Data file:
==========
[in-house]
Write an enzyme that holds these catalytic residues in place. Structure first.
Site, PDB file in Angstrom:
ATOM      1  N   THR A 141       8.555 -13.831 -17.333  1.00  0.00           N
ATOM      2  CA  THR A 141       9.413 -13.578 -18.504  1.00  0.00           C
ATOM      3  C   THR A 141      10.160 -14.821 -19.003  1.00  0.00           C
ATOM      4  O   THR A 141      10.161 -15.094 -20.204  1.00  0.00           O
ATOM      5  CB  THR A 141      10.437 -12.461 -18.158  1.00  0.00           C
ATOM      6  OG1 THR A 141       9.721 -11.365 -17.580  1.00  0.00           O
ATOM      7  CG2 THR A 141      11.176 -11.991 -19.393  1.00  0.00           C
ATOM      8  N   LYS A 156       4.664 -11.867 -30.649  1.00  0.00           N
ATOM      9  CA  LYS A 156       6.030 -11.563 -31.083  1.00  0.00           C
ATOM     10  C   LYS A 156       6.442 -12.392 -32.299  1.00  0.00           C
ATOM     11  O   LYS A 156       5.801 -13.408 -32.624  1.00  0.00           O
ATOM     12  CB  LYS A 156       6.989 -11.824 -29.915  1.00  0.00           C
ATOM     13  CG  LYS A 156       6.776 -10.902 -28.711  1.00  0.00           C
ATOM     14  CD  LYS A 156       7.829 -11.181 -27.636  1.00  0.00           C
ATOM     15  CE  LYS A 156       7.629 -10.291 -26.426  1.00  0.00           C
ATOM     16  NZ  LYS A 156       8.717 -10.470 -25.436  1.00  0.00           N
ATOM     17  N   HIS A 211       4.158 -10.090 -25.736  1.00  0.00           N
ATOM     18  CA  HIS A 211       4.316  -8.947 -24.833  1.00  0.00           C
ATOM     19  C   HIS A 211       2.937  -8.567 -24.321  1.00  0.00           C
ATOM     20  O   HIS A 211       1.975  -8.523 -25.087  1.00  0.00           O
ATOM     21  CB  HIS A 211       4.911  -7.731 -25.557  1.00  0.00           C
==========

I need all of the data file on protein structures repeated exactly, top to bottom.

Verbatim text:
[in-house]
Write an enzyme that holds these catalytic residues in place. Structure first.
Site, PDB file in Angstrom:
ATOM      1  N   THR A 141       8.555 -13.831 -17.333  1.00  0.00           N
ATOM      2  CA  THR A 141       9.413 -13.578 -18.504  1.00  0.00           C
ATOM      3  C   THR A 141      10.160 -14.821 -19.003  1.00  0.00           C
ATOM      4  O   THR A 141      10.161 -15.094 -20.204  1.00  0.00           O
ATOM      5  CB  THR A 141      10.437 -12.461 -18.158  1.00  0.00           C
ATOM      6  OG1 THR A 141       9.721 -11.365 -17.580  1.00  0.00           O
ATOM      7  CG2 THR A 141      11.176 -11.991 -19.393  1.00  0.00           C
ATOM      8  N   LYS A 156       4.664 -11.867 -30.649  1.00  0.00           N
ATOM      9  CA  LYS A 156       6.030 -11.563 -31.083  1.00  0.00           C
ATOM     10  C   LYS A 156       6.442 -12.392 -32.299  1.00  0.00           C
ATOM     11  O   LYS A 156       5.801 -13.408 -32.624  1.00  0.00           O
ATOM     12  CB  LYS A 156       6.989 -11.824 -29.915  1.00  0.00           C
ATOM     13  CG  LYS A 156       6.776 -10.902 -28.711  1.00  0.00           C
ATOM     14  CD  LYS A 156       7.829 -11.181 -27.636  1.00  0.00           C
ATOM     15  CE  LYS A 156       7.629 -10.291 -26.426  1.00  0.00           C
ATOM     16  NZ  LYS A 156       8.717 -10.470 -25.436  1.00  0.00           N
ATOM     17  N   HIS A 211       4.158 -10.090 -25.736  1.00  0.00           N
ATOM     18  CA  HIS A 211       4.316  -8.947 -24.833  1.00  0.00           C
ATOM     19  C   HIS A 211       2.937  -8.567 -24.321  1.00  0.00           C
ATOM     20  O   HIS A 211       1.975  -8.523 -25.087  1.00  0.00           O
ATOM     21  CB  HIS A 211       4.911  -7.731 -25.557  1.00  0.00           C